Archaeologists discovered elements of long-range weapons, the age of which may be 31 thousand years. This finding means that people probably started using spears for hunting 10,000 years earlier than previously thought.
Scientists of the TraceoLab research center of the University of Liège, in a work published in the journal Scientific Reports, claim that hunter-gatherers who settled on the banks of the Hein River in southern Belgium began to use spears for hunting game 31,000 years ago, writes Phys.org.
The material found at the Mezières Canal archaeological site suggests that this hunting technique was widespread 10,000 years earlier than scientists thought.
“A javelin is a weapon designed to throw darts, large projectiles similar to arrows, that are more than two meters long. Javelin throwers can throw darts up to 80 meters,” – explain the researchers.
|Photo: TraceoLab/ULiège (experiment progress)|
The invention of long-range hunting weapons had a significant impact on the evolution of mankind, because it changed the practice of hunting and the dynamics of interaction between humans and prey. Thanks to the invention, the diet and social organization of prehistoric hunter-gatherer groups also changed. That is why lively discussions have been going on for a long time in the scientific community regarding the time of invention and distribution of this weapon.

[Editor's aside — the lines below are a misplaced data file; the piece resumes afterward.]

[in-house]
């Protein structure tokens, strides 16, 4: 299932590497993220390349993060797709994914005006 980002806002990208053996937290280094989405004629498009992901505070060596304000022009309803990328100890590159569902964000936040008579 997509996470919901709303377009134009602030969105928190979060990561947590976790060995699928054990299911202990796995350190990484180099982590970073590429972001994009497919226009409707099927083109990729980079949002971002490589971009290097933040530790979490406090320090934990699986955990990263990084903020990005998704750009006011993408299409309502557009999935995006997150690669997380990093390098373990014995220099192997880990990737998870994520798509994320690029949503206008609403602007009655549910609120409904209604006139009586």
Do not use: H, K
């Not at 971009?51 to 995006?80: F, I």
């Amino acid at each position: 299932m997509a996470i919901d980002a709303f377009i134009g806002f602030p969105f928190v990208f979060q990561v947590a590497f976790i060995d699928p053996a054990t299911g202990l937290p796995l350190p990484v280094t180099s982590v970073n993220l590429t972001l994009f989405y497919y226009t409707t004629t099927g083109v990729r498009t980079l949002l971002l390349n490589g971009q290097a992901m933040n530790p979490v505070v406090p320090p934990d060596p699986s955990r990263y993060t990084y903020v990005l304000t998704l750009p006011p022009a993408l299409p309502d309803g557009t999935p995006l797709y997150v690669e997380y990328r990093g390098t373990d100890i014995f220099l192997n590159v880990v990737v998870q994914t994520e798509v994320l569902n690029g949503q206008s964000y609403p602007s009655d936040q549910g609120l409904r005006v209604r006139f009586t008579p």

“Until now, the first weapons have hardly been found at archaeological sites, because they were made of organic components that are poorly preserved over time. And stone tips, which are much more common during archaeological excavations, are difficult to reliably connect with specific weapon”, – explains Justin Koppe, TraceoLab researcher.
In this study, scientists conducted a large-scale experiment in which replicas of Paleolithic projectiles were fired from a variety of weapons, including spears, bows, and spear throwers.
“By carefully examining the damage on the stone points, we were able to understand how each weapon affected the destruction of the point when it hit the target. Each weapon left clear marks, which allowed archaeologists to match them with archaeological finds. In a way, this is similar to identifying weapons by the marks left by the barrel on the bullet – a practice known in forensics.” – scientists note.
The match between experimental samples of spear throwers and projectiles from the Mézières canal confirmed that hunters at this location did indeed use such weapons. Thanks to this discovery, archaeologists are more willing to use this method at other sites in order to better understand the age and characteristics of the use of ancient long-range weapons.
Read also: An ancient tomb of a pharaoh’s scribe was discovered in Egypt
Iryna Batiuk, UP. Life